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Wednesday, October 10, 2007

College Dining Halls Discover Non-Dairy

[I]t is dinnertime at International House, a majestic domed and tile-roofed 77-year-old experiment in global fellowship, and home to 600 mostly foreign UC Berkeley students. Its dining hall is Southside's best-kept secret, because for the price of your average burger, Coke, and fries, nonresidents can eat to utter repletion here, quaffing channa masala and vegan goulash and coq au vin and Jell-O in the columned refectory, or on a creamy patio flanked, Riviera-style, by citrus trees.

Sounds better than the meals I had at college. And there's even better news in this article from Anneli Rufus of the East Bay Express.

These days, each I-House meal features at least one non-dairy entrée, because more than 40 percent of Cal's freshman class is of Asian origin and many are lactose-intolerant. "Plus," [kitchen-services production manager Warren] Clark says solemnly, "we've become much more mindful of nut allergies."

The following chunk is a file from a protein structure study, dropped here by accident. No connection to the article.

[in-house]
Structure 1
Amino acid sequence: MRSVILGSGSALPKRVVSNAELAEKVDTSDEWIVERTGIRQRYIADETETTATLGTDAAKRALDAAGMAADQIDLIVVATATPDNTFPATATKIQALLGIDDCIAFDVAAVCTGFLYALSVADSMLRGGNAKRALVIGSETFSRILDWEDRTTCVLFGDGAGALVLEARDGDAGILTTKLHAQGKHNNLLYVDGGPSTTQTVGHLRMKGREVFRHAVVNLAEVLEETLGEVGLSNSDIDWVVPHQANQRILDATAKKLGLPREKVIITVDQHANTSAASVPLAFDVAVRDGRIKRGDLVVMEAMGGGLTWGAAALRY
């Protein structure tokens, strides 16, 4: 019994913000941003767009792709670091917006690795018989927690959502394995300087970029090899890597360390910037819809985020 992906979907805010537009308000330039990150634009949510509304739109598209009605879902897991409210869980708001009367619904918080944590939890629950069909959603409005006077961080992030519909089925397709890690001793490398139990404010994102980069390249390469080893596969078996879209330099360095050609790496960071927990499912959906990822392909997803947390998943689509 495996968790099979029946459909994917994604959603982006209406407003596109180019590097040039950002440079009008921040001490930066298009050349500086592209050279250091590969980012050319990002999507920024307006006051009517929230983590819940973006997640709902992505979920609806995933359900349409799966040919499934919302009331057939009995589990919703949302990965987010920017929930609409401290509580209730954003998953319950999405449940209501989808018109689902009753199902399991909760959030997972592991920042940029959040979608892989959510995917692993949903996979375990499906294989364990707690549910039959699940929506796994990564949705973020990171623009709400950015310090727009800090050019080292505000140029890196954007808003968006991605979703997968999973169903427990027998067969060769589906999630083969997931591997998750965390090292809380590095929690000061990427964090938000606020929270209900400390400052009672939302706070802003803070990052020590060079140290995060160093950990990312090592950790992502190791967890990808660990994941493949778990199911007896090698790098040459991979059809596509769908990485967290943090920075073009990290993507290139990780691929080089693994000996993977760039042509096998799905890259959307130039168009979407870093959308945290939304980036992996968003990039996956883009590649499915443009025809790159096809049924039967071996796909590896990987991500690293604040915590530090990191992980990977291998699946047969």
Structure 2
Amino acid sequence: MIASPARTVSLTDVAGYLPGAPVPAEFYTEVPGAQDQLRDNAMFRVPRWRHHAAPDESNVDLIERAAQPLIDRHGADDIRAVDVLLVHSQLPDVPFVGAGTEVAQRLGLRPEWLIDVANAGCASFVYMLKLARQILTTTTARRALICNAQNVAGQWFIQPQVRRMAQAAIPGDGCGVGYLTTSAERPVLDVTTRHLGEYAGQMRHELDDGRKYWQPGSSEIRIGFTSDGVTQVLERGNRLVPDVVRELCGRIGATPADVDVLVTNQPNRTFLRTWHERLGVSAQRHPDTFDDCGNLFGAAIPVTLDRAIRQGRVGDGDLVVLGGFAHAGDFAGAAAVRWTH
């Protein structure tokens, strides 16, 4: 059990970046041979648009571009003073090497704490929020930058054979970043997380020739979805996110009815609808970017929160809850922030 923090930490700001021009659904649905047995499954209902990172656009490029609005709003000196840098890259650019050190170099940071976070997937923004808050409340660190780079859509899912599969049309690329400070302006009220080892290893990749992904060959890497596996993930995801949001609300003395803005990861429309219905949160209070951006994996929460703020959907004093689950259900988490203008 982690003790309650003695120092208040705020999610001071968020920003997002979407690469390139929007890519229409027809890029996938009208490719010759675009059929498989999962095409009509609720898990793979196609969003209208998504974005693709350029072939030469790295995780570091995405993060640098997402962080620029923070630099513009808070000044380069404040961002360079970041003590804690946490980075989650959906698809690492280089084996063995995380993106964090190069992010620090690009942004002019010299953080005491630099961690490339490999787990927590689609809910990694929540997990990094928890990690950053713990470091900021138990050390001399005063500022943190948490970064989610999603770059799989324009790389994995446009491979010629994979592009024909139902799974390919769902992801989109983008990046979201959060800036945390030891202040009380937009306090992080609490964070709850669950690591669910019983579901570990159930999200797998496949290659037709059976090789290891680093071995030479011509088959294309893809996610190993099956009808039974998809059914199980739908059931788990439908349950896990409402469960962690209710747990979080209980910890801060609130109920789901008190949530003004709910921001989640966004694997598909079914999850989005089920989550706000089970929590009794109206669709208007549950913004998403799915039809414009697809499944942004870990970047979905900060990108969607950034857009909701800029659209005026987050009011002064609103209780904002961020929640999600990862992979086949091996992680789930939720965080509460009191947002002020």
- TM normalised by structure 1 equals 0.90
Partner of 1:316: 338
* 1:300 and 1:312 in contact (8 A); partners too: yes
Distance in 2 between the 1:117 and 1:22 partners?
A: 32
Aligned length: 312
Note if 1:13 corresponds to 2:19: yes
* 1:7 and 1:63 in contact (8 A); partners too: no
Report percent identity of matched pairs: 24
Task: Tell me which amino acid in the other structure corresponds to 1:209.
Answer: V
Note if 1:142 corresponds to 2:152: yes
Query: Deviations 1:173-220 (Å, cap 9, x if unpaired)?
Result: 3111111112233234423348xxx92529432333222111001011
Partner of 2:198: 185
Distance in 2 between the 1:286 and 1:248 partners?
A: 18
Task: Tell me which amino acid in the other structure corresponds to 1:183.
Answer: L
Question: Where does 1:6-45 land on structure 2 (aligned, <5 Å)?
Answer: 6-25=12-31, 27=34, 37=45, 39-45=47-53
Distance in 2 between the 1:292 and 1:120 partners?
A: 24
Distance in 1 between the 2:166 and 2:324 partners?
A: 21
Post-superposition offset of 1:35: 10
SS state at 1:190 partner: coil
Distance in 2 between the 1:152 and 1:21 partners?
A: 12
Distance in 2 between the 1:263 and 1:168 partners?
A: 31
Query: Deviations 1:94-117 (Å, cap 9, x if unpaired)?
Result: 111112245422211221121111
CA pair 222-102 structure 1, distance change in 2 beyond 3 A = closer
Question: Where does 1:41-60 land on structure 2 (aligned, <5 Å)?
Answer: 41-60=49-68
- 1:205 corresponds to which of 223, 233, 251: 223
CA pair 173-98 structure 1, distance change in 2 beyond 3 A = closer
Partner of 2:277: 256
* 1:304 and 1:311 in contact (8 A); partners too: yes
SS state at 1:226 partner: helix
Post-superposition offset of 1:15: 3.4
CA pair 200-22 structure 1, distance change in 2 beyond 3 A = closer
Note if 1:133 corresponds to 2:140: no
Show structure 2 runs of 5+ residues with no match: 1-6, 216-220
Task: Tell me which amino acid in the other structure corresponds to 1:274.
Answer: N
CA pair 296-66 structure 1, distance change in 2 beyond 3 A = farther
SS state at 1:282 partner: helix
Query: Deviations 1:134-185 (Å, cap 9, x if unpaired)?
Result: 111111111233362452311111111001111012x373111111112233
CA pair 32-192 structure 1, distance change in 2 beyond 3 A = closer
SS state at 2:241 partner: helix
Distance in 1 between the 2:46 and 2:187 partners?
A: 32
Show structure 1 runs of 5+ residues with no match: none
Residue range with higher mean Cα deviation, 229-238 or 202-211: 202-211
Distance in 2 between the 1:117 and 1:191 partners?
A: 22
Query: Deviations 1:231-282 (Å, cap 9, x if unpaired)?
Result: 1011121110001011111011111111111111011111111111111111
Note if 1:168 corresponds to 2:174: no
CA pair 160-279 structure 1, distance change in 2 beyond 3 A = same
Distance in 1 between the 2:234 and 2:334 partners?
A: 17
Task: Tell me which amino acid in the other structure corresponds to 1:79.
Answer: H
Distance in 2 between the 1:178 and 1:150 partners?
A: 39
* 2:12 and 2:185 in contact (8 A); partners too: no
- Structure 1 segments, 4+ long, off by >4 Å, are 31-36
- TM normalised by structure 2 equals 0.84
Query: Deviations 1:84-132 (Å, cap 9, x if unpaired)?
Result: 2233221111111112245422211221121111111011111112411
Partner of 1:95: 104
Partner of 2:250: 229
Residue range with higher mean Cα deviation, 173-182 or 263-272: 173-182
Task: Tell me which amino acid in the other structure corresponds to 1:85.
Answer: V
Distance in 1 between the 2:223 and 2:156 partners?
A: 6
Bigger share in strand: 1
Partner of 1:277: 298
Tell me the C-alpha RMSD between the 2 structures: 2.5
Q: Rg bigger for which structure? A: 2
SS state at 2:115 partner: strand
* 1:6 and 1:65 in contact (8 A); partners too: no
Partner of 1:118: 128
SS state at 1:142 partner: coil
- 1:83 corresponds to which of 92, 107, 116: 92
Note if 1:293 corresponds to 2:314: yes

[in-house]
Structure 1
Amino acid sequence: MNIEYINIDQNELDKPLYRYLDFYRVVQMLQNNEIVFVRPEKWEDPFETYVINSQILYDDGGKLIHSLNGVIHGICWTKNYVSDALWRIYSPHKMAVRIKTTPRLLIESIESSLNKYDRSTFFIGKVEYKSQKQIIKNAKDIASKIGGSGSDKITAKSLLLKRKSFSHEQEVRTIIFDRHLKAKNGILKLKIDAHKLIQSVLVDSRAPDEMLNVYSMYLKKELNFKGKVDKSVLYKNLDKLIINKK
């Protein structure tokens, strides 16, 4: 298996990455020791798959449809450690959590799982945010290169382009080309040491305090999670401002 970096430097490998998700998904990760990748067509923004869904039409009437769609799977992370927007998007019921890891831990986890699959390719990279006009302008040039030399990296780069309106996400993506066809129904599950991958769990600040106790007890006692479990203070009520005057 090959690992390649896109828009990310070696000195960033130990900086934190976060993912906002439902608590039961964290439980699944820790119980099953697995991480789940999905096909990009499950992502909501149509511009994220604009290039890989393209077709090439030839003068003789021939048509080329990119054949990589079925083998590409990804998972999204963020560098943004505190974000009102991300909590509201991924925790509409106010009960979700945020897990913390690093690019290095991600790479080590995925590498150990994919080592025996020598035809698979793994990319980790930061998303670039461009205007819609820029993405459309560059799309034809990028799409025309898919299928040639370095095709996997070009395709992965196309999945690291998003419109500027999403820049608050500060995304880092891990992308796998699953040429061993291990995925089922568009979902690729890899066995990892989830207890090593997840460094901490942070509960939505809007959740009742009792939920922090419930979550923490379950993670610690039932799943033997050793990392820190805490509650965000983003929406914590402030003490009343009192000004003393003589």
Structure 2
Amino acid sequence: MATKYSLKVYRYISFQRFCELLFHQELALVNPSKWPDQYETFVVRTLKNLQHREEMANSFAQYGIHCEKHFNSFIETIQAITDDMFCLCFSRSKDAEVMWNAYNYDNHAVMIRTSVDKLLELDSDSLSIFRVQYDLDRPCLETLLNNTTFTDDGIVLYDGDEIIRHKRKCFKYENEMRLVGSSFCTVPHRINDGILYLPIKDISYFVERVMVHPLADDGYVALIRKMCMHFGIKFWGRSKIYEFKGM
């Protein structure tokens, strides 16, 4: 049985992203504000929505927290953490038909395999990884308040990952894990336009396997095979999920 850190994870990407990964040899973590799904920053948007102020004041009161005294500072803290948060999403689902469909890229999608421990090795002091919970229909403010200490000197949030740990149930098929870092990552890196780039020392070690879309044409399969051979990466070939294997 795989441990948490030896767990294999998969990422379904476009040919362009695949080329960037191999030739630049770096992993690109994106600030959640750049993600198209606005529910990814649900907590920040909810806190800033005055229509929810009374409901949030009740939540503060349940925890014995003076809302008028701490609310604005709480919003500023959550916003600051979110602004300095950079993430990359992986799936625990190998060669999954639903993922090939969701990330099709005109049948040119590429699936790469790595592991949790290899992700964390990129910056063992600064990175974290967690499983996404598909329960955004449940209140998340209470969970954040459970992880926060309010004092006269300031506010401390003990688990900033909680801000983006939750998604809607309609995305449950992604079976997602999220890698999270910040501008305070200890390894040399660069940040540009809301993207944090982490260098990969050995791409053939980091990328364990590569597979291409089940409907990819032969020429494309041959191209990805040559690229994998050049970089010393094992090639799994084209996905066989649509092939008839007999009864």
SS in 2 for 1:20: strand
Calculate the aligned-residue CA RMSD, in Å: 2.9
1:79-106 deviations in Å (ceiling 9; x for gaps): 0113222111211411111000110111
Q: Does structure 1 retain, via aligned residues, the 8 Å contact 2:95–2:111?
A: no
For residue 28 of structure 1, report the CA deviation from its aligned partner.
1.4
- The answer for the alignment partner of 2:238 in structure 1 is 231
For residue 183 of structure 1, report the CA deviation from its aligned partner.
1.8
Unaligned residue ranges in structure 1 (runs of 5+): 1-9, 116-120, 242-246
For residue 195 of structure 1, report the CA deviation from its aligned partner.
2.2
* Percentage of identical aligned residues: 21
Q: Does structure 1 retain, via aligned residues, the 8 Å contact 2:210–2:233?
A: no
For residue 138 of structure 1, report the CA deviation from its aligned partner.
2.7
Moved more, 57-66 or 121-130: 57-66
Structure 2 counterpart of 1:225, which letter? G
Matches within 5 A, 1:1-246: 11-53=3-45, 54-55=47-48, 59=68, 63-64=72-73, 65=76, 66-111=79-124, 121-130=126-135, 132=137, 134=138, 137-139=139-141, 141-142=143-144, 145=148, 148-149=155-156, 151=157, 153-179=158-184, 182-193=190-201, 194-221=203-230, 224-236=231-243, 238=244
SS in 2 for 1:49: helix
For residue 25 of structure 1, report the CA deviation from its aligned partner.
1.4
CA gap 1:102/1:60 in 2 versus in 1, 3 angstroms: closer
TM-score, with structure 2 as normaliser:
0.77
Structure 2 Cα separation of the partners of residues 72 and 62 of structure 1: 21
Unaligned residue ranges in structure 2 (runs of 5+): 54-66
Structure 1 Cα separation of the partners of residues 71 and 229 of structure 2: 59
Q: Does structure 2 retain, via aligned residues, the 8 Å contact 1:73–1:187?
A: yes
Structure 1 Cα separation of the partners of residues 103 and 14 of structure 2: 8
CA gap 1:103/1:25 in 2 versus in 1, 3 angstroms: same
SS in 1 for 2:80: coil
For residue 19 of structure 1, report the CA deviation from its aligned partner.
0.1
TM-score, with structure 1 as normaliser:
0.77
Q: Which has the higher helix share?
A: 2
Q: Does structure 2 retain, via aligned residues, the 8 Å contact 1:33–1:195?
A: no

I've been seeing an increasing number of similar articles about schools at all levels realizing that student bodies have markedly higher percentages from heritages that historically had high levels of lactose intolerance eating at their dining halls. Some are also recognizing increasing numbers of vegan students. Creating meals as good as those for the other students, rather than forcing them to try to accumulate a meal from odds and ends, is a huge advance.

Thanks to all the administrators who understand we live in a future mightily changed from the halcyon 50s.

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